BIG-IP Local Traffic Manager offers several features that you can use to intelligently control your application layer traffic. Examples of these features are the insertion of headers into HTTP requests and the compression of HTTP server responses.
These features are available through various configuration profiles. A profile is a group of settings, with values, that correspond to HTTP traffic. A profile defines the way that you want the BIG-IP system to manage HTTP traffic.
You can configure an HTTP profile to ensure that HTTP traffic management suits your specific needs. You can configure the profile settings either when you create a profile or after you create the profile by modifying the profile’s settings. For all profile settings, you can specify values where none exist, or modify any default values to suit your needs. The BIG-IP system also includes default profiles that you can use as is, if you do not want to create a custom profile.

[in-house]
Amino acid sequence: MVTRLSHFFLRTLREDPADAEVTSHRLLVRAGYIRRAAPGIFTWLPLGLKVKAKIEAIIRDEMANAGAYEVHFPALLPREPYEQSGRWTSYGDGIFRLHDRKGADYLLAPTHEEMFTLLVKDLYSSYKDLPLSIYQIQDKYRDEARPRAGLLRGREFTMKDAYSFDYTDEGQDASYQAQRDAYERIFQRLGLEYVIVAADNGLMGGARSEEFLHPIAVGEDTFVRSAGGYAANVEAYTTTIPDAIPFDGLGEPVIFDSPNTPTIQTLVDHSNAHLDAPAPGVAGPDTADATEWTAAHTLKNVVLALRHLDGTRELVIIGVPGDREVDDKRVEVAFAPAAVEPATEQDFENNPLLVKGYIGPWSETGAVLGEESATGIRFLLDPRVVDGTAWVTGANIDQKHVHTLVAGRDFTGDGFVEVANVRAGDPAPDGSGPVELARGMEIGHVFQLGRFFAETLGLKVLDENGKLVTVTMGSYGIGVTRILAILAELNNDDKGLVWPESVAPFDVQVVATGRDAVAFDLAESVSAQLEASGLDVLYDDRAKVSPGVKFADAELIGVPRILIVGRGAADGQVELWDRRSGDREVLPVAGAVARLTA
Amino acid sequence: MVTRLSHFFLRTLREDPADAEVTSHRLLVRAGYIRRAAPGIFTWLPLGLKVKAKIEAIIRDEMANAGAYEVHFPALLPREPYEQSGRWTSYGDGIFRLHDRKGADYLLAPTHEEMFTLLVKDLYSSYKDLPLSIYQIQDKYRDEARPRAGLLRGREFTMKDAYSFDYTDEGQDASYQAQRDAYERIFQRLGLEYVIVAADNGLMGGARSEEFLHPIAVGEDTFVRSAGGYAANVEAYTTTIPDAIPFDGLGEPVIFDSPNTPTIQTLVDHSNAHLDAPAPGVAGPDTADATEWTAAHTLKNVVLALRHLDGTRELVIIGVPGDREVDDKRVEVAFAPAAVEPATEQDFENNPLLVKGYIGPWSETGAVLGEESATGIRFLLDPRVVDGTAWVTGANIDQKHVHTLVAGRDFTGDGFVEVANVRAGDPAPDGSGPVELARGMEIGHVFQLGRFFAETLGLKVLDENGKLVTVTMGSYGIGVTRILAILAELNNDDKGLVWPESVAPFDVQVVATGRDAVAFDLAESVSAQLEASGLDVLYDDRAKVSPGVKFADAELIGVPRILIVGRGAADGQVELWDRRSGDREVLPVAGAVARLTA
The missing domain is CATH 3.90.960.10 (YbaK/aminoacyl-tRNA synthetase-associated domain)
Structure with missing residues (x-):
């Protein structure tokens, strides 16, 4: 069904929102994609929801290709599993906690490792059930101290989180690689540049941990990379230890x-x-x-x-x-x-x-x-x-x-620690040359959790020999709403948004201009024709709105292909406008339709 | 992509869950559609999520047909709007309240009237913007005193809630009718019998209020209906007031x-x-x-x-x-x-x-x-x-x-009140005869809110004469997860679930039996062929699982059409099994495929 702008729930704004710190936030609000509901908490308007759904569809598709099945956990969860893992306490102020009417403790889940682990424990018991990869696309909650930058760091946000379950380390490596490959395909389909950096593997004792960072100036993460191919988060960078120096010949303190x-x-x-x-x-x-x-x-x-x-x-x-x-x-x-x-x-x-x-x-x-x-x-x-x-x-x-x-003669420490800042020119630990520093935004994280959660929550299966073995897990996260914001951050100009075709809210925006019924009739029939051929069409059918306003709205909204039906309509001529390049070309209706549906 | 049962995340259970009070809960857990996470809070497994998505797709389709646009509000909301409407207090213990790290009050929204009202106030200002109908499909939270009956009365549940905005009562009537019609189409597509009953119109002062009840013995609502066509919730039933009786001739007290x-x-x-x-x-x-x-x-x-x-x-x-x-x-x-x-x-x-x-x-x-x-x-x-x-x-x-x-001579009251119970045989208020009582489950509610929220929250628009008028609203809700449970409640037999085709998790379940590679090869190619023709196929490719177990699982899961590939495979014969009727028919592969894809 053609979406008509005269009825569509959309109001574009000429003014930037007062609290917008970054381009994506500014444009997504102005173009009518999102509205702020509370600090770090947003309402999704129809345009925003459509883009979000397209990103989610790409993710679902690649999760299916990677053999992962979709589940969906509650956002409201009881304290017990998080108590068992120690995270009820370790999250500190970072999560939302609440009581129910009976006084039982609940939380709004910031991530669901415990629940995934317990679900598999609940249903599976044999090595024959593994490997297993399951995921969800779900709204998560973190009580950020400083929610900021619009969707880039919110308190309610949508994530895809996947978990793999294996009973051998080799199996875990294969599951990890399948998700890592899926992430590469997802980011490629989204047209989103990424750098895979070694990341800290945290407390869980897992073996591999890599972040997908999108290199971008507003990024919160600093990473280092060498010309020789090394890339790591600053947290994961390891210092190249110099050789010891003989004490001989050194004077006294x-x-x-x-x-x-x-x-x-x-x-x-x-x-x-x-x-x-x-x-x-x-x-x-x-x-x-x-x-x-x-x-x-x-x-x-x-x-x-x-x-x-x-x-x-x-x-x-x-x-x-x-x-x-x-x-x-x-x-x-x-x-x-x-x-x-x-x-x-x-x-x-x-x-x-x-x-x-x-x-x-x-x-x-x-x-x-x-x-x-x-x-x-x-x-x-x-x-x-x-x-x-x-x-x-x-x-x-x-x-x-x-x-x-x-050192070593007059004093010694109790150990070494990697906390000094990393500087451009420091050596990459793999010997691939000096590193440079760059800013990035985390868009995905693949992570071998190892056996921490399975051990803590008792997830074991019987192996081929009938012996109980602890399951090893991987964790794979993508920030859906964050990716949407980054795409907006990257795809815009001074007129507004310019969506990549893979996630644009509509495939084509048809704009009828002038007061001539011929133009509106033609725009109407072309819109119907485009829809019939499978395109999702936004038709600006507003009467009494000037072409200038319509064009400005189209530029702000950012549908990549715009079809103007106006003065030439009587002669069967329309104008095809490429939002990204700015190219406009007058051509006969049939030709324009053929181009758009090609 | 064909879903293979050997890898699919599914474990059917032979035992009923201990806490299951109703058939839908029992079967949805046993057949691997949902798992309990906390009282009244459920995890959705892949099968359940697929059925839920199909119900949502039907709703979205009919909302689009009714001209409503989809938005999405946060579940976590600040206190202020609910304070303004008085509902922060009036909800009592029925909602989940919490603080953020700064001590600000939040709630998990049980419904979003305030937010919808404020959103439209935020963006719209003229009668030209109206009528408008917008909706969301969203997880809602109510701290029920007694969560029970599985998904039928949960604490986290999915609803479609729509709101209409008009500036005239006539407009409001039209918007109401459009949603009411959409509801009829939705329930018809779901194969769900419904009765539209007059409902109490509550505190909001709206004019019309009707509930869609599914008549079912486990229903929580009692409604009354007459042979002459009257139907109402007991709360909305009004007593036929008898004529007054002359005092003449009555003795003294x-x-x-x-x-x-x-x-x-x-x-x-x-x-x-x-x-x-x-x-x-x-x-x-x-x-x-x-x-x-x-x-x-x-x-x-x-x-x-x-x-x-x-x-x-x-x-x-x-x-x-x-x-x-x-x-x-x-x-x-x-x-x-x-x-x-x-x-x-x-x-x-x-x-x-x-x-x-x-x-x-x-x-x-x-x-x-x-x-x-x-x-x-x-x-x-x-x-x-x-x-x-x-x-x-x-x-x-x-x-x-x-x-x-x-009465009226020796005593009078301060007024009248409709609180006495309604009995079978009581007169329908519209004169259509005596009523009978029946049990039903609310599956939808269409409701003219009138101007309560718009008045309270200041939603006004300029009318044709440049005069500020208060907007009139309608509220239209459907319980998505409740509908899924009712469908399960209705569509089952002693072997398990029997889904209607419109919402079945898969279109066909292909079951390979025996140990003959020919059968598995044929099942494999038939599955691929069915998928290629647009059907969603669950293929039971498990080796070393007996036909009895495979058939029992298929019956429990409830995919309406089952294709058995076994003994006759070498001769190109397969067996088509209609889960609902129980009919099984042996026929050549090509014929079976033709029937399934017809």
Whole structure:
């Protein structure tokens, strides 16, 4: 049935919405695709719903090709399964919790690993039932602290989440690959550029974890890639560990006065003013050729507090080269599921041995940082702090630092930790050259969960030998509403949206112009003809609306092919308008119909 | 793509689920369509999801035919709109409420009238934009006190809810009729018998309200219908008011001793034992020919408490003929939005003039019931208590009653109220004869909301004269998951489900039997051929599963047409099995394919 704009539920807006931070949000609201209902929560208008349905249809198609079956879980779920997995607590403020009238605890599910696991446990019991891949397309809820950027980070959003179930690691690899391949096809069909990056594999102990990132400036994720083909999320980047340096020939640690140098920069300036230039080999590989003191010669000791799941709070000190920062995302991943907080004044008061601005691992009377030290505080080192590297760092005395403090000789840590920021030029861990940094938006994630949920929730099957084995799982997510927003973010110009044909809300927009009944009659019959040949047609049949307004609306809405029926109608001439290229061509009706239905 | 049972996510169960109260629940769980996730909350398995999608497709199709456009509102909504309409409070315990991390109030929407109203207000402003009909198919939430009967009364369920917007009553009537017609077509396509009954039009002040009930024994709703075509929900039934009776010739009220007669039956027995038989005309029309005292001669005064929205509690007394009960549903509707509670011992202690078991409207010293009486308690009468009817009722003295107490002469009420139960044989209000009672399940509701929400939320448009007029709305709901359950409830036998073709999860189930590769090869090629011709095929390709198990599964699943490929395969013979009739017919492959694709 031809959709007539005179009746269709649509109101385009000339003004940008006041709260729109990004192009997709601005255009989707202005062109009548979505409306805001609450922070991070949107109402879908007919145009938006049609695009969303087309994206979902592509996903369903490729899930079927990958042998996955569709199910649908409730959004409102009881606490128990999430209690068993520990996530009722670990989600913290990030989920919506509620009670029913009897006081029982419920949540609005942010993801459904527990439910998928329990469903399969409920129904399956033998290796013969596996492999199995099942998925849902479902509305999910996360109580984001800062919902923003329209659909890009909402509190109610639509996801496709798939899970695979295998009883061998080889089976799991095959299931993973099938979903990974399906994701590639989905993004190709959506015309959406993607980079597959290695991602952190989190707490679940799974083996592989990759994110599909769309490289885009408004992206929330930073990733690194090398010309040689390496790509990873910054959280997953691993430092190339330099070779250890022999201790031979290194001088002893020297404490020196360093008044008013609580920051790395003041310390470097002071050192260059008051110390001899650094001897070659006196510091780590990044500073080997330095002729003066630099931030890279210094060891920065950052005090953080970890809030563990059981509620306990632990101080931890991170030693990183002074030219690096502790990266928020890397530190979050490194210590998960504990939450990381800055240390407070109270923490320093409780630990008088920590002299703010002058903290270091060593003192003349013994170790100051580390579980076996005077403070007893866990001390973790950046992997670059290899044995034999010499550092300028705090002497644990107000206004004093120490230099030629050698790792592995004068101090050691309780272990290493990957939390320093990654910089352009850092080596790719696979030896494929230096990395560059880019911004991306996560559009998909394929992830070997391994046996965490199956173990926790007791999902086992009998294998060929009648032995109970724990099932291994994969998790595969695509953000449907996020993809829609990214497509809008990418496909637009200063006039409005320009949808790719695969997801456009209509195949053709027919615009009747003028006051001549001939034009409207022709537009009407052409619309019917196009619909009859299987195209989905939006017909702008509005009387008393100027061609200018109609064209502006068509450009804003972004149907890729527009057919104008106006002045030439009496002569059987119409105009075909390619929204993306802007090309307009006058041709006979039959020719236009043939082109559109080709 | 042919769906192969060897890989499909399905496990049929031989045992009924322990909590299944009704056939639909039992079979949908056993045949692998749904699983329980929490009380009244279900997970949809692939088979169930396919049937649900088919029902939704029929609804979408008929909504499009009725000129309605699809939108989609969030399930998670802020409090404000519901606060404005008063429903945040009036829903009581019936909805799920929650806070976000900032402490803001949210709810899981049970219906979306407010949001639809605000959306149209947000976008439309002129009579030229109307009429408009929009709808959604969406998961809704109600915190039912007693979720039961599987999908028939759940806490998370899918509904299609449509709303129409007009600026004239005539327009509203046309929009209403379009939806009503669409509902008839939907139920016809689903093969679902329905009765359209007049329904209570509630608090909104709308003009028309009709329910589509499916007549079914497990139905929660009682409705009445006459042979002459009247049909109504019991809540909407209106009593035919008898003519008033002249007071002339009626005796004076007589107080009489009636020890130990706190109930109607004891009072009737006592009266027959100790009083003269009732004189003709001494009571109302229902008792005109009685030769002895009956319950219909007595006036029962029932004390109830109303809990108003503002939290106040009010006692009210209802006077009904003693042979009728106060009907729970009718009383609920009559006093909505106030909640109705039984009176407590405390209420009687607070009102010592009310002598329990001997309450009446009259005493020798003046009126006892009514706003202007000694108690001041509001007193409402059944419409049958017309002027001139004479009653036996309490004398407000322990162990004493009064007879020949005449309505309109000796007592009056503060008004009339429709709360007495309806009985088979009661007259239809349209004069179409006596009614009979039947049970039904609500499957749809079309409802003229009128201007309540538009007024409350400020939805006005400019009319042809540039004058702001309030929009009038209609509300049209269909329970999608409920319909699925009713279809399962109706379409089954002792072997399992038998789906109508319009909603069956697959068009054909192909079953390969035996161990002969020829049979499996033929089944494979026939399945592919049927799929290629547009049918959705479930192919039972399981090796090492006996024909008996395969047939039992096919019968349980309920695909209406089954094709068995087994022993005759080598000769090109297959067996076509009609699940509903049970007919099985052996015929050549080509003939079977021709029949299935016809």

To manage HTTP traffic, you can use any of these profile types:
In addition to the HTTP profiles, Local Traffic Manager includes other features to help you manage your application traffic, such as health monitors for checking the health of HTTP and HTTPS services, and iRulesfor querying or manipulating header or content data.
There are a few general settings that you can configure to create a basic HTTP type of profile that uses most of the default settings.
The HTTP profile provides three proxy modes: Reverse, Explicit, and Transparent. You can configure a custom HTTP profile that uses a specific proxy mode, and assign the custom HTTP profile to a virtual server to manage proxying of HTTP traffic, as necessary.
|Reverse||Default. You can specify the Reverse Proxy Mode to enable the BIG-IP system to manage responses from multiple servers.|
|Explicit||The Explicit Proxy Mode enables the BIG-IP system to handle HTTP proxy requests and function as a gateway. By configuring browser traffic to use the proxy, you can control whether to allow or deny a requested connection, based on configured policies. The Explicit Proxy Mode requires a DNS resolver, specified in the Explicit Proxy area of the screen.|